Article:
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Following the execution of Charles I in 1649, England was to experience a period of unrest and severity. This is reflected in the austere white tin-glazed wares produced during the Commonwealth period. It is unusual at this time to find delftware with any royal connection, as it would have been considered anti-establishment and naturally pro royal. A rare exception to this is the 'Ryall Oak' charger depicting Prince Charles hiding in the Boscobel Oak after the Battle of Worcester in 1651. Yet, after the death of Cromwell, the Lord Protector, in 1658, and the unsuccessful incumbency of his son 'Tumbledown Dick', England rejoiced at the restoration of the monarchy; Charles entered London in May 1660.
Following his coronation, the delftware potters found a ready market for royal souvenirs, usually taking the form of the monarch dressed in full regalia, inscribed with his initials and sometimes a date. In whatever era one looks at these, they make a powerful statement. The most popular form, from extant examples, would seem to be large chargers, frequently with 'blue-dash' borders, these were an ideal way of expressing support for the monarch and were intended for prominant display, the footrim being frequently pierced for hanging. Yet, smaller plates, caudle-cups, mugs, wine-bottles and jugs also advertise the monarch. The iconography is, generally speaking, 'flexible'; some portraits could equally represent Charles II (1660-1685), James II (1685-88), or William III (1688-1702), their general demeanour and royal countenance being, when naively drawn, remarkably similar. In the absence of identifying initials or other circumstantial evidence, one has to look elsewhere for identification. The royal equestrian portrait charger (lot 77) is a case in point, a similar example has been variously identified as each monarch between Charles II and William III. Objects commemorating the unpopular James II are consequently extremely rare and the small Brislington dish is a particularly well-conceived example. The curiously frumpy looking Queen Mary portrait charger could represent either Mary of Modena, wife of James II or more likely in this instance, Queen Mary, James II's daughter, who became joint monarch with William III in 1689.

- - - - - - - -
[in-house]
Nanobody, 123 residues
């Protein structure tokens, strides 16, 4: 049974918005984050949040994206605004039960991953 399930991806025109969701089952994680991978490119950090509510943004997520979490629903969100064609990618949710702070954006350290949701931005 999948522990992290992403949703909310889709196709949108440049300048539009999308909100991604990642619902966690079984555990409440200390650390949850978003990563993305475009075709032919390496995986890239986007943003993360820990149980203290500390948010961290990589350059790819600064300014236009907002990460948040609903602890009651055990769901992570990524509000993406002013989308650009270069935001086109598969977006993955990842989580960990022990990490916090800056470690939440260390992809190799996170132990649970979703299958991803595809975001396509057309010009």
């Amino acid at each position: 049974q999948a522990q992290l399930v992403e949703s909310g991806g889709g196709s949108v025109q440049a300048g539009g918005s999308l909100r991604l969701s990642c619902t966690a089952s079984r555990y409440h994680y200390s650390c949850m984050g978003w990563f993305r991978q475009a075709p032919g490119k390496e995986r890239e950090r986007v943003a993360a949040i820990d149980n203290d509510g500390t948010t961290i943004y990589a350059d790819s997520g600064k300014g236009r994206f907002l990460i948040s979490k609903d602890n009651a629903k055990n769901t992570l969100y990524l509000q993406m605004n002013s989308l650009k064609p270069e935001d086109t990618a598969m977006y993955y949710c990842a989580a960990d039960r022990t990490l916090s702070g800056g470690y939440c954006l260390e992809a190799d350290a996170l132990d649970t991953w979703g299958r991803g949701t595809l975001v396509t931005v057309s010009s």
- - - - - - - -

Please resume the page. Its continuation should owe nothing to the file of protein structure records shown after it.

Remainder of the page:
The reign of Queen Anne is here represented not only by the fine 'blue-dash' charger with her standing in her coronation robes, but also a fine oval portrait plaque dated 1704. One of the most dramatic events of her reign is represented by a small and unassuming plate commemorating the Act of Union is 1707, the Queen's initials flanking a conjoined rose and thistle representing the union of England and Scotland.
This exceptional series of objects with royal association ends with the small polychrome dish of a standing monarch flanked by the initials GR either for George I (1714-27) or perhaps George II who ascended the throne in 1727.